Shown right in maturity, Sam was born in Westmoreland County in October 1810, the eldest child of Daniel and Mary (Myers) Dillinger, and bought up on a farm. His father had emigrated from eastern Pennsylvania and evidence exist that the family was of Swiss Mennonite origins. The name Dillinger was pronounced “Dilling-Grrr” not “Dillon-Jerr” like that of the notorious gangster. With only a limited education, as a young man Sam apparently had several occupations, including trading in cattle and horses, and as a wagoneer across the mountains. Seemingly more important was a stint working at a grist mill and distillery where Dillinger learned how to make rye whiskey and also, it is thought, something about marketing it.
In 1831 Dillinger married Sarah Loucks, related to the famous Overholt distilling family, and soon their wedding after they purchased and located on what became known as “Home Farm” near Alverton, Pennsylvania, shown above. Sarah was accounted a woman whose “energy, faithfulness and frugality” were a definite asset to Sam. The couple would go on to have a family of ten children, seven girls and three boys.
Perhaps it was the financial requirements of a rapidly growing family that caused Dillinger to expand his enterprises. In 1850 he purchased a grist mill in nearby West Bethany and soon added a distillery, shown here. This he operated with success to a regional clientele for some thirty years, bring his sons into the business as they matured.
In 1881 the West Bethany distillery was destroyed by fire. When he rebuilt, it was nearby at a locality known as Ruff’s Dale. By this time Sam had been joined by sons Daniel and Samuel Jr. Shown above, this distillery was operated as “Samuel Dillinger & Sons.” It became one of the best known in Pennsylvania, second in production only to the Gibson Distillery [see my post on Gibson, July 2014].
In time the distillery had a mashing capacity of five hundred bushels of grain daily, producing 50 barrels of whiskey, and six warehouses with a combined storage capacity of 55,000 barrels. The Dillingers also operated several bottling operations for their retail sales. The family name appeared proudly on ever flask and quart of their flagship Pennsylvania Straight Rye Whiskey.
Meanwhile, Sam had been expanding further. With growing prosperity he purchased additional farmland adjoining Home Farm until he owned more than 600 contiguous acres, all of it on top of rich fields of coke coal. That spurred him in 1872 to erect a number of coke ovens, eventually said to total more than 100. One author has opined: “Dillinger and Sons are therefore entitled to rank among the pioneer coke producers of Pennsylvania.” Sam also was one of the founders of the Southwest Pennsylvania Railway in 1872 and served as a director for years.
Denied book learning himself, Dillinger was portrayed as an “untiring worker” for the “free” public school system and he served for years on the county school board. In addition, he did contract work to build school houses, churches, and other local buildings. Affiliated with the Democratic Party, Dillinger opposed slavery, but as a Mennonite and a pacifist, was opposed to the Civil War believing that, as a biographer has noted, “…That slavery would terminate its existence by the education of the people to the fact that it was wrong and that this course would better prepare the slaves for their freedom.”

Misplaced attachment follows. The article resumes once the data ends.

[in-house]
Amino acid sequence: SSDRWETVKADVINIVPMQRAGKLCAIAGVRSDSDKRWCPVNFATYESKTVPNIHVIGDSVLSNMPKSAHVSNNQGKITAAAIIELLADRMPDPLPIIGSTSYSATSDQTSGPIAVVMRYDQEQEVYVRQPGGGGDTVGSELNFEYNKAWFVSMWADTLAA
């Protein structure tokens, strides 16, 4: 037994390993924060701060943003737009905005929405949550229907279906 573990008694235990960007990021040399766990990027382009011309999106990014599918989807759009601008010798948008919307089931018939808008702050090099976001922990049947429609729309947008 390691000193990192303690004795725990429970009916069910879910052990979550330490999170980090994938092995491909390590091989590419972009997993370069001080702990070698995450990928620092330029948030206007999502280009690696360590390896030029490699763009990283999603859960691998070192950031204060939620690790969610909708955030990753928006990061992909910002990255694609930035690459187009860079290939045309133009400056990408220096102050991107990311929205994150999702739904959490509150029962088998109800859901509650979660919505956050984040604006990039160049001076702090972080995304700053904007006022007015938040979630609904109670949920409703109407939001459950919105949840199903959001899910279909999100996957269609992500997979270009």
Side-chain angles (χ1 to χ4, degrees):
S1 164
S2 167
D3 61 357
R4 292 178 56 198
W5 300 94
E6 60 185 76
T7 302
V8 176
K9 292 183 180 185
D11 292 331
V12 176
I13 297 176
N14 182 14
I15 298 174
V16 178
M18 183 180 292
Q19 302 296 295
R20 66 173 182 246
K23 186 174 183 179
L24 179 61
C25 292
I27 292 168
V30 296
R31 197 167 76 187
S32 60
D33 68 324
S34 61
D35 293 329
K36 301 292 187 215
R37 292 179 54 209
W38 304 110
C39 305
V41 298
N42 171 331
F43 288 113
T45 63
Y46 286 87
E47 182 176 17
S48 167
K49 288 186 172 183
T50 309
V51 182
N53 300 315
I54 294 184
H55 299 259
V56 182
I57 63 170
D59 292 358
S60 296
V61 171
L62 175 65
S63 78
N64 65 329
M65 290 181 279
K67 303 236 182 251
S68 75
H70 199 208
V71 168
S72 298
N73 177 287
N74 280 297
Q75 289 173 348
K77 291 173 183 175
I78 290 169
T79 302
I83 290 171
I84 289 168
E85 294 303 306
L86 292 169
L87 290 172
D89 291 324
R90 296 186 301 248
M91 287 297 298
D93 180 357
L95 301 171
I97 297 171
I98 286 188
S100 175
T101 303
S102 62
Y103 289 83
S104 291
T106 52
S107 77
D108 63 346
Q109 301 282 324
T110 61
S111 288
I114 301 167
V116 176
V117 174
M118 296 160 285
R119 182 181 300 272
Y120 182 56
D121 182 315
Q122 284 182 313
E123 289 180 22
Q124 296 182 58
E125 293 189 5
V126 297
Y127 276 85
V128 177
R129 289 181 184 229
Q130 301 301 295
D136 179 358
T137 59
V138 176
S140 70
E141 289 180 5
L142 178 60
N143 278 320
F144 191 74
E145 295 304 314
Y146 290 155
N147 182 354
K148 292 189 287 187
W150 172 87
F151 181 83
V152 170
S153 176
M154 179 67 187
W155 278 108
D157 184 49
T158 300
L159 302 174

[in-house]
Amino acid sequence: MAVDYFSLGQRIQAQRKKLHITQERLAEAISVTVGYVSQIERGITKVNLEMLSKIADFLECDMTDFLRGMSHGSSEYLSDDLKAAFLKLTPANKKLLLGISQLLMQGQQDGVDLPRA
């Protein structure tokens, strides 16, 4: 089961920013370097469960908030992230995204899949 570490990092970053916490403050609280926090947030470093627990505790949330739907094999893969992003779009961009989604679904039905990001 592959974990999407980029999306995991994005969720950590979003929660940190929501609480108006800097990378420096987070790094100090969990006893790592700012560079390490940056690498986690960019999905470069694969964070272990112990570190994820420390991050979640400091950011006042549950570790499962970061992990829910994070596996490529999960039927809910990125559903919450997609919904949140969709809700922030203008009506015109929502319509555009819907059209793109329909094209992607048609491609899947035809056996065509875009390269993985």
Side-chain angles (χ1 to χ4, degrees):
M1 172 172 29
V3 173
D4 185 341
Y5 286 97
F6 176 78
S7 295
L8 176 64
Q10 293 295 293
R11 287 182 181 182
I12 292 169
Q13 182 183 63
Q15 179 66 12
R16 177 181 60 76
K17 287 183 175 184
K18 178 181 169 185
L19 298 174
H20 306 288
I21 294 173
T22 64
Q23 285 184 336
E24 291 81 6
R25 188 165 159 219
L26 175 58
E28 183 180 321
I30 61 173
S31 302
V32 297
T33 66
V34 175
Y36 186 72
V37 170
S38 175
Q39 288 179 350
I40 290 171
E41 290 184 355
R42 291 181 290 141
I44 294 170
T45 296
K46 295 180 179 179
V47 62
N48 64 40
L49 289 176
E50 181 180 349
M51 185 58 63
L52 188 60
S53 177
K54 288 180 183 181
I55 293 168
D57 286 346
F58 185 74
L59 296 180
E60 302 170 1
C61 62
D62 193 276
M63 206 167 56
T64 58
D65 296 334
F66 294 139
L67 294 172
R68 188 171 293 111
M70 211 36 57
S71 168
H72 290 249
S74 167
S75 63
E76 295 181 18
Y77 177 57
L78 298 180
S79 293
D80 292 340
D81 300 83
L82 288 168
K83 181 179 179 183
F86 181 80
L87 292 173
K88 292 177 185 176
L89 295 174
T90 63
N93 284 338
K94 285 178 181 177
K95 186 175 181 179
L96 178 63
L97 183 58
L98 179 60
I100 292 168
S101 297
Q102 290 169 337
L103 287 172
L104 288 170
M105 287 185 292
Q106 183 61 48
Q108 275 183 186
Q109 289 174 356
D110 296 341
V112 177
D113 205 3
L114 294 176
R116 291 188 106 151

Marked by extraordinary vigor throughout his life, at age 79 Dillinger in 1889 very suddenly was felled by a paralyzing stroke and never regained consciousness. With his large family including children and grandchildren grouped around his grave, he was interred in the Mennonite Cemetery at Alverton. His monument, shown here, was inscribed “Erected to the Memories of an Honest Man and Constant Friend.”
Dillinger’s sons, Daniel and Samuel Jr. continued to operate the highly successful distillery their father had founded until they were forced to close by National Prohibition in 1919. At some point during America’s fourteen year “dry” period, the family sold out to the Rosenbloom family who earlier had operated a liquor dealership on Pittsburgh’s North Side. The Dillingers had known the Rosenblooms for a long time, providing whiskey for their rectifying operation. As shown here on a post-Prohibition label, the Rosenblooms kept the Dillinger name on their whiskey but now it had become a “blend.” They also changed the name of the company name to “Ruffdale Distilling Company” The distillery later would change ownership several times before terminating business about 1966. Sam Dillinger’s whiskey-making, begun in the 1850s had extended down into the 1960s — a run of more than a century.
Summing up the life of this extraordinary distiller, a biographer echoed the sentiments found on Dillinger’s tombstone: “He was an honest man, and never feared to express the convictions of his conscience. He was a constant friend and neighbor, and was ever ready and willing to lend a helping hand to the weak and erring or downtrodden.” Sam also proved without a doubt that a former wagoneer also could “haul and deliver” quality Pennsylvania rye whiskey.
Note: Much of the material for this article and of the quoted material above comes from an article written posthumously about Dillinger for the 1906 publication, History of Westmoreland County, Pennsylvania, Volume 2, edited by John Boucher for the Lewis Publishing Company, New York.